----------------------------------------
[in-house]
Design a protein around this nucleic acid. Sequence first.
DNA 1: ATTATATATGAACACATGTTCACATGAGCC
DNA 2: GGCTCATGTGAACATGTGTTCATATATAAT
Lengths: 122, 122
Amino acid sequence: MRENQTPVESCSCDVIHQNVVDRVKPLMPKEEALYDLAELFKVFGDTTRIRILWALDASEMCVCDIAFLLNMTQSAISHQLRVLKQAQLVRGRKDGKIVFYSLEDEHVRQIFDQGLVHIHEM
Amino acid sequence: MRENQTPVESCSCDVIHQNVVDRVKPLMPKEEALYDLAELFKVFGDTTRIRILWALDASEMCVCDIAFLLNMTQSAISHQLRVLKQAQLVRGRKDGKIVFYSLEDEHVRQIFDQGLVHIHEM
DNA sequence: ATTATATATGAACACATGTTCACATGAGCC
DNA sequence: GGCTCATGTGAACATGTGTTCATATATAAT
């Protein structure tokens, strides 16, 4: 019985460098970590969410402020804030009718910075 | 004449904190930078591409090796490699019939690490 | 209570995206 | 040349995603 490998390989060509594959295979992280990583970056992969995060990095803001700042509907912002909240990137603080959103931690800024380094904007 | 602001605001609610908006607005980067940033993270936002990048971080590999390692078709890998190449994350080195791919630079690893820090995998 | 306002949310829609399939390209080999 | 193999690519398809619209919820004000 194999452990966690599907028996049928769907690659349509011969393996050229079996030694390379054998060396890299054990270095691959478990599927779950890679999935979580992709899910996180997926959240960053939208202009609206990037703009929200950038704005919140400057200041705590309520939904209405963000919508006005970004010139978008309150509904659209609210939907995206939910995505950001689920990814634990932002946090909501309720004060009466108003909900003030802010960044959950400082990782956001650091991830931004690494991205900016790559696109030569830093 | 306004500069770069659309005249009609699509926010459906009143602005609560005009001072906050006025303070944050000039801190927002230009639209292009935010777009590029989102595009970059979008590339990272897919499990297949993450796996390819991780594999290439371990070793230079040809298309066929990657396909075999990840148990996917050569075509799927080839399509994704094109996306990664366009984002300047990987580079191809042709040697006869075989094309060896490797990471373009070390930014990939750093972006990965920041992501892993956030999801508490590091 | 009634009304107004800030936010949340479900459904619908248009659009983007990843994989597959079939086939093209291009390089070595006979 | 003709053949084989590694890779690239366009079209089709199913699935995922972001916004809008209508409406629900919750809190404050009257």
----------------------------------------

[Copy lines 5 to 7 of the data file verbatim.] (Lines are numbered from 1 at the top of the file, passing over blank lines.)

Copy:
Lengths: 122, 122
Amino acid sequence: MRENQTPVESCSCDVIHQNVVDRVKPLMPKEEALYDLAELFKVFGDTTRIRILWALDASEMCVCDIAFLLNMTQSAISHQLRVLKQAQLVRGRKDGKIVFYSLEDEHVRQIFDQGLVHIHEM
Amino acid sequence: MRENQTPVESCSCDVIHQNVVDRVKPLMPKEEALYDLAELFKVFGDTTRIRILWALDASEMCVCDIAFLLNMTQSAISHQLRVLKQAQLVRGRKDGKIVFYSLEDEHVRQIFDQGLVHIHEM